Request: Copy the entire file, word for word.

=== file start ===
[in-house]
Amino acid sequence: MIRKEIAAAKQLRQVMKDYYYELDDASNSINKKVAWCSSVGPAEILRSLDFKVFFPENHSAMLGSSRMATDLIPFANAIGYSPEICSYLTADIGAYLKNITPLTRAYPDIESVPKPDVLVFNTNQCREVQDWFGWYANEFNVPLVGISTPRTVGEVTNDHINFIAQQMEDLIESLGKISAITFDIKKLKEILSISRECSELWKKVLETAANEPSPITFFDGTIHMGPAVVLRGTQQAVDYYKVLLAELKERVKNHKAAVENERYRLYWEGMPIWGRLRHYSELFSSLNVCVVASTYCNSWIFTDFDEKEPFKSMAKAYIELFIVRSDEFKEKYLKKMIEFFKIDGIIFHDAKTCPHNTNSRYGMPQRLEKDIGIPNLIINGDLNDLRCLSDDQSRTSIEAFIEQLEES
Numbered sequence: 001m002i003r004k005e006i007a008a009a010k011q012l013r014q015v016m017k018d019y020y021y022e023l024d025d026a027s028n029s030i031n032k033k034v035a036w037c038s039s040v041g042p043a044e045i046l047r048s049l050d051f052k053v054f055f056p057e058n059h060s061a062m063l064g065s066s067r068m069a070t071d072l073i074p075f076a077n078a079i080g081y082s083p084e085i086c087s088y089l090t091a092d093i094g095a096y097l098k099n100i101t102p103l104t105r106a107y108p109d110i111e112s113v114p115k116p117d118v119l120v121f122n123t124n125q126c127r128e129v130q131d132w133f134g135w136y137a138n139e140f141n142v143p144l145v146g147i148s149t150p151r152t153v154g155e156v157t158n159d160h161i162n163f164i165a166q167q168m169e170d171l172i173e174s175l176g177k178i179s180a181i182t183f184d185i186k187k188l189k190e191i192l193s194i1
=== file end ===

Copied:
[in-house]
Amino acid sequence: MIRKEIAAAKQLRQVMKDYYYELDDASNSINKKVAWCSSVGPAEILRSLDFKVFFPENHSAMLGSSRMATDLIPFANAIGYSPEICSYLTADIGAYLKNITPLTRAYPDIESVPKPDVLVFNTNQCREVQDWFGWYANEFNVPLVGISTPRTVGEVTNDHINFIAQQMEDLIESLGKISAITFDIKKLKEILSISRECSELWKKVLETAANEPSPITFFDGTIHMGPAVVLRGTQQAVDYYKVLLAELKERVKNHKAAVENERYRLYWEGMPIWGRLRHYSELFSSLNVCVVASTYCNSWIFTDFDEKEPFKSMAKAYIELFIVRSDEFKEKYLKKMIEFFKIDGIIFHDAKTCPHNTNSRYGMPQRLEKDIGIPNLIINGDLNDLRCLSDDQSRTSIEAFIEQLEES
Numbered sequence: 001m002i003r004k005e006i007a008a009a010k011q012l013r014q015v016m017k018d019y020y021y022e023l024d025d026a027s028n029s030i031n032k033k034v035a036w037c038s039s040v041g042p043a044e045i046l047r048s049l050d051f052k053v054f055f056p057e058n059h060s061a062m063l064g065s066s067r068m069a070t071d072l073i074p075f076a077n078a079i080g081y082s083p084e085i086c087s088y089l090t091a092d093i094g095a096y097l098k099n100i101t102p103l104t105r106a107y108p109d110i111e112s113v114p115k116p117d118v119l120v121f122n123t124n125q126c127r128e129v130q131d132w133f134g135w136y137a138n139e140f141n142v143p144l145v146g147i148s149t150p151r152t153v154g155e156v157t158n159d160h161i162n163f164i165a166q167q168m169e170d171l172i173e174s175l176g177k178i179s180a181i182t183f184d185i186k187k188l189k190e191i192l193s194i1